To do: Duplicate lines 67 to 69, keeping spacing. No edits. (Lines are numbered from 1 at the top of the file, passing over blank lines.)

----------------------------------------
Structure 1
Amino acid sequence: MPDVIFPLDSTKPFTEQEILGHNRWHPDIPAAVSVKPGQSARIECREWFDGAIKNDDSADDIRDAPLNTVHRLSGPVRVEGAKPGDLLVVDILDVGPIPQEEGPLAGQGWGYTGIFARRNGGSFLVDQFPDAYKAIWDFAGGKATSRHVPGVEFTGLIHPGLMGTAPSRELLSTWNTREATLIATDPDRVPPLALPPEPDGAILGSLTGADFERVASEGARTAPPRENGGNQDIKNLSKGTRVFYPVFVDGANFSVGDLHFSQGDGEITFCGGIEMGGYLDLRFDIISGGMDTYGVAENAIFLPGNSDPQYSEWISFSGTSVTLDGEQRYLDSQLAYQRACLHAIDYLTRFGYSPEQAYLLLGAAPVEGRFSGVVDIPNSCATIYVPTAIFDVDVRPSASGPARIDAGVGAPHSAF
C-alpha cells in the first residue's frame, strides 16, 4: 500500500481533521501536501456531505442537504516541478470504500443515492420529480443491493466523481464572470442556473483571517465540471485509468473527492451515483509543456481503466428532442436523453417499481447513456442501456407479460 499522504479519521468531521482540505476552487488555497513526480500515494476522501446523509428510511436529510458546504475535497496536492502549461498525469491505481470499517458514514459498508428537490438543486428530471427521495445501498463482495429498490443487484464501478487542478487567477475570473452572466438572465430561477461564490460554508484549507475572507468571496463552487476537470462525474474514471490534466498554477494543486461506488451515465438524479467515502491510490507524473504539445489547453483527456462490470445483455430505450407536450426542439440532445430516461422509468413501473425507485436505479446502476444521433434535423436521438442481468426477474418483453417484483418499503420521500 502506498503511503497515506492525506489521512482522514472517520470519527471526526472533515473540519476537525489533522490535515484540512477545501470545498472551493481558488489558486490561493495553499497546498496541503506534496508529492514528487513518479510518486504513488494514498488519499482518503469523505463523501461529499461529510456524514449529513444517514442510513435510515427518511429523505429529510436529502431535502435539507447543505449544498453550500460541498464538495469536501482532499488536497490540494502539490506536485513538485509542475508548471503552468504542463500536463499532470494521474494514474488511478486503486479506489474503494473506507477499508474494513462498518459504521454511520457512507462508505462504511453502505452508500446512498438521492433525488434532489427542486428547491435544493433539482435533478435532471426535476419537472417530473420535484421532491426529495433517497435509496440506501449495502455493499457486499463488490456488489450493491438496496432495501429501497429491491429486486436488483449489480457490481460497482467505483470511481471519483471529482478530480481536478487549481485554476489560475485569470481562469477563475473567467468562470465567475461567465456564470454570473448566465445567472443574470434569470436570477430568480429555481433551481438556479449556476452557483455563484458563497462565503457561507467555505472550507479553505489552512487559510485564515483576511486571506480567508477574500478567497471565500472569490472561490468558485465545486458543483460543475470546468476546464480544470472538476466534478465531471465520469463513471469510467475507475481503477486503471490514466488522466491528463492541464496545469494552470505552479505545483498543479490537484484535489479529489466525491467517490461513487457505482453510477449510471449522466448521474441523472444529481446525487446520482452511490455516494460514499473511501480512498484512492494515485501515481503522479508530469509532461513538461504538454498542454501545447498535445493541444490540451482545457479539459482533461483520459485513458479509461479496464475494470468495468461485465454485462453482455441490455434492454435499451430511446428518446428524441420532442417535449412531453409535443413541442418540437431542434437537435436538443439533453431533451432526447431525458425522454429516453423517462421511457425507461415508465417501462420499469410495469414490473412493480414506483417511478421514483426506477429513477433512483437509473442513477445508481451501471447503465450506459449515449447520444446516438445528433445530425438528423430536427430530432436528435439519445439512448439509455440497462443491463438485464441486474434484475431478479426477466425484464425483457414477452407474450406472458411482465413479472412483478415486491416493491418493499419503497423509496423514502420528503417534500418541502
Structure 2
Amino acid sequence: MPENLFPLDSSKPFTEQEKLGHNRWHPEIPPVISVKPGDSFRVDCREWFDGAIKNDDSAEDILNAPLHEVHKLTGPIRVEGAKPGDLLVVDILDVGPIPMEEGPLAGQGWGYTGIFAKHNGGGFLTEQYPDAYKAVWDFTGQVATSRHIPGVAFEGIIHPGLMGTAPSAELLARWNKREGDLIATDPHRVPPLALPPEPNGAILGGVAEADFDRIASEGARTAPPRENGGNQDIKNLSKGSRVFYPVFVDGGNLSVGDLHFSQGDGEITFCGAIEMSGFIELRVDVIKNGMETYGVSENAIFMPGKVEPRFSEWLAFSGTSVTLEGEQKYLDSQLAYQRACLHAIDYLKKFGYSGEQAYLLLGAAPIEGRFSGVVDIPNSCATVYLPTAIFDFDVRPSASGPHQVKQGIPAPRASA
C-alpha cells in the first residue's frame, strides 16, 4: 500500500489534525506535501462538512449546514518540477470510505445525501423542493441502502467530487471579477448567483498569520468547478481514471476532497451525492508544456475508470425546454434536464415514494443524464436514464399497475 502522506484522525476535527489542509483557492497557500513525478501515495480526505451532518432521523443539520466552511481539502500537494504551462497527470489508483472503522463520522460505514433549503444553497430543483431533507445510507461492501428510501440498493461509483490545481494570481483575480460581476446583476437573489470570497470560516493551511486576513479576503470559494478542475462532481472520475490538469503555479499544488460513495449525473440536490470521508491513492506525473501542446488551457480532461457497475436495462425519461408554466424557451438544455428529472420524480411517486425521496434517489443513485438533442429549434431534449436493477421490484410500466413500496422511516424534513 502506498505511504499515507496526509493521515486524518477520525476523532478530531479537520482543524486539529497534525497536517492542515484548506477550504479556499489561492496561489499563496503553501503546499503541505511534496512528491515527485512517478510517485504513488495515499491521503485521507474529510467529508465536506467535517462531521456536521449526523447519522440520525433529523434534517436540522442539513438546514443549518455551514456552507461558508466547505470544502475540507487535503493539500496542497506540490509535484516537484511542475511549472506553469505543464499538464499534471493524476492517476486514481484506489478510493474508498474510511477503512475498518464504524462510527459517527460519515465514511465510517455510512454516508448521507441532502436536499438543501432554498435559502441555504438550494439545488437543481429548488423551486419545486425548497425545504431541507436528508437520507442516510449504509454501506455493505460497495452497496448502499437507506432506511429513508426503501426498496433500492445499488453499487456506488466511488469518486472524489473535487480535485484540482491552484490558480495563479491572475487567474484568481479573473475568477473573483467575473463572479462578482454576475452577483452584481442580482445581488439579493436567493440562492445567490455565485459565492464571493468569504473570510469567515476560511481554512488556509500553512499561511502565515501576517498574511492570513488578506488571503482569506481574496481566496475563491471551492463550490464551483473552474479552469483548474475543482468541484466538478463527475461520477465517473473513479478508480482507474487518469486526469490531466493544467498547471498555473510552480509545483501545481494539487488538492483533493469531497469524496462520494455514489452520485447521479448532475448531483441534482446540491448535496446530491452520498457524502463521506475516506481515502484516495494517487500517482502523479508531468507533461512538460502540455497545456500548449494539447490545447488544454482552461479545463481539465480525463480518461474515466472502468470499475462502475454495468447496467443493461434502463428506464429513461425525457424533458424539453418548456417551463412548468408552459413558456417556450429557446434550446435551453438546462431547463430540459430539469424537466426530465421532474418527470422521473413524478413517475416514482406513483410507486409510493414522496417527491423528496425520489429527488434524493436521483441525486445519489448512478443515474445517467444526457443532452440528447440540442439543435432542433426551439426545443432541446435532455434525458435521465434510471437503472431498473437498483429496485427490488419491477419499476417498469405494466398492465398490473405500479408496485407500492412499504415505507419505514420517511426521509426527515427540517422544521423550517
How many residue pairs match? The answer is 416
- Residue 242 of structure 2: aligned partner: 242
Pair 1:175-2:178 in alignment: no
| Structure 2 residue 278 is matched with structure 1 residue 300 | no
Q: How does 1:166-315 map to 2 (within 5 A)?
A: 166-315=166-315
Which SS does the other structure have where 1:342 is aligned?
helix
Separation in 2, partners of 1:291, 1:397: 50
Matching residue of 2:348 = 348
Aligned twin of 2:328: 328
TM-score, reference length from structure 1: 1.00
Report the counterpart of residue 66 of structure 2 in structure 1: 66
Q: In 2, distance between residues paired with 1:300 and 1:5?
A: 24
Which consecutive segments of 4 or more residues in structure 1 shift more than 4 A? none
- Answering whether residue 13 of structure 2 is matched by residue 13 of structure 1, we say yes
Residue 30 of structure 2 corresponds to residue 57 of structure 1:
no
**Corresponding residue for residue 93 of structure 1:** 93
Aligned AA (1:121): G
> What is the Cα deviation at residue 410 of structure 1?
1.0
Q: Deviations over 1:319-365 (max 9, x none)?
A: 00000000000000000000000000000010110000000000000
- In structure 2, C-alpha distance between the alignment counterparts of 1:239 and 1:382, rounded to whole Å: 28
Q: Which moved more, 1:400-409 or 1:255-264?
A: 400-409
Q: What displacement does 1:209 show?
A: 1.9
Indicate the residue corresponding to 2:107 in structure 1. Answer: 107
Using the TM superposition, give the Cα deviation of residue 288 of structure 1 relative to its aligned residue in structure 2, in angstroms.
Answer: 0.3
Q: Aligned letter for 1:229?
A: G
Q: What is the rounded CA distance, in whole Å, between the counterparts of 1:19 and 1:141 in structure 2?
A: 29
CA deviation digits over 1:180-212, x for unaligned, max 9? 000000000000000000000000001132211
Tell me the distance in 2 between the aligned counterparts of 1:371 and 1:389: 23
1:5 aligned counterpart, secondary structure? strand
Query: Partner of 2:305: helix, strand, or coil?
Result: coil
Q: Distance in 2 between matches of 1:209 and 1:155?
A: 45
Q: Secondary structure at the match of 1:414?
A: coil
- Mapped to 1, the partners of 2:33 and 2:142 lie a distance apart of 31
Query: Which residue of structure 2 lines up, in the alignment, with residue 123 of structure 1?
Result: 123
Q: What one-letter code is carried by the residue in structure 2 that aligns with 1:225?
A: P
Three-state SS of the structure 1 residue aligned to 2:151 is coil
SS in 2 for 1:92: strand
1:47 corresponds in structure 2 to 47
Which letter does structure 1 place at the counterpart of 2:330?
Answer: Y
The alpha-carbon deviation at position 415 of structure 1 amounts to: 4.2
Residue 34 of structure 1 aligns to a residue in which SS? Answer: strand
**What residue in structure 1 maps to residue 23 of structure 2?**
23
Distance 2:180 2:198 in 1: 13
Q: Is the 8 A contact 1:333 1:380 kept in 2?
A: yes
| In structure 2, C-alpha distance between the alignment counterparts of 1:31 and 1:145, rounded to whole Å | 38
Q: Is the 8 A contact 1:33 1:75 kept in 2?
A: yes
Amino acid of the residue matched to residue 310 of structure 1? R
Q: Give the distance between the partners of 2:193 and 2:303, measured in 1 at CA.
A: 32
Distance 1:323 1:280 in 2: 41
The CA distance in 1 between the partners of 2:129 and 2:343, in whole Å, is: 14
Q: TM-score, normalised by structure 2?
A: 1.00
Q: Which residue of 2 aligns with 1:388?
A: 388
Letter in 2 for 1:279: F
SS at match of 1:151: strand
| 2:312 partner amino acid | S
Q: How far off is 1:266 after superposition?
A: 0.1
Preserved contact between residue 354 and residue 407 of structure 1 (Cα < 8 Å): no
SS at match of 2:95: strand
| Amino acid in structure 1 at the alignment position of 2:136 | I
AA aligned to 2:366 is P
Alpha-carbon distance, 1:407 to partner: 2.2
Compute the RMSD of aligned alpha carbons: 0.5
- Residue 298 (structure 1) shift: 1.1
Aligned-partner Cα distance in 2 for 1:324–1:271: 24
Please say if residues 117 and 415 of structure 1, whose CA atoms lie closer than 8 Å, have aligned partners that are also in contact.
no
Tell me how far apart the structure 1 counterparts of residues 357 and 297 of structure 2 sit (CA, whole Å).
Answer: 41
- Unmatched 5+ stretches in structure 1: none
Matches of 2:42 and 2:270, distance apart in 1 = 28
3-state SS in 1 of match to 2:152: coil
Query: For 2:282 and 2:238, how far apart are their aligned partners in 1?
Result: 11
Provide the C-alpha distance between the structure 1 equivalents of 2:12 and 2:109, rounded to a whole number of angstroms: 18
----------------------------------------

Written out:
Distance 2:180 2:198 in 1: 13
Q: Is the 8 A contact 1:333 1:380 kept in 2?
A: yes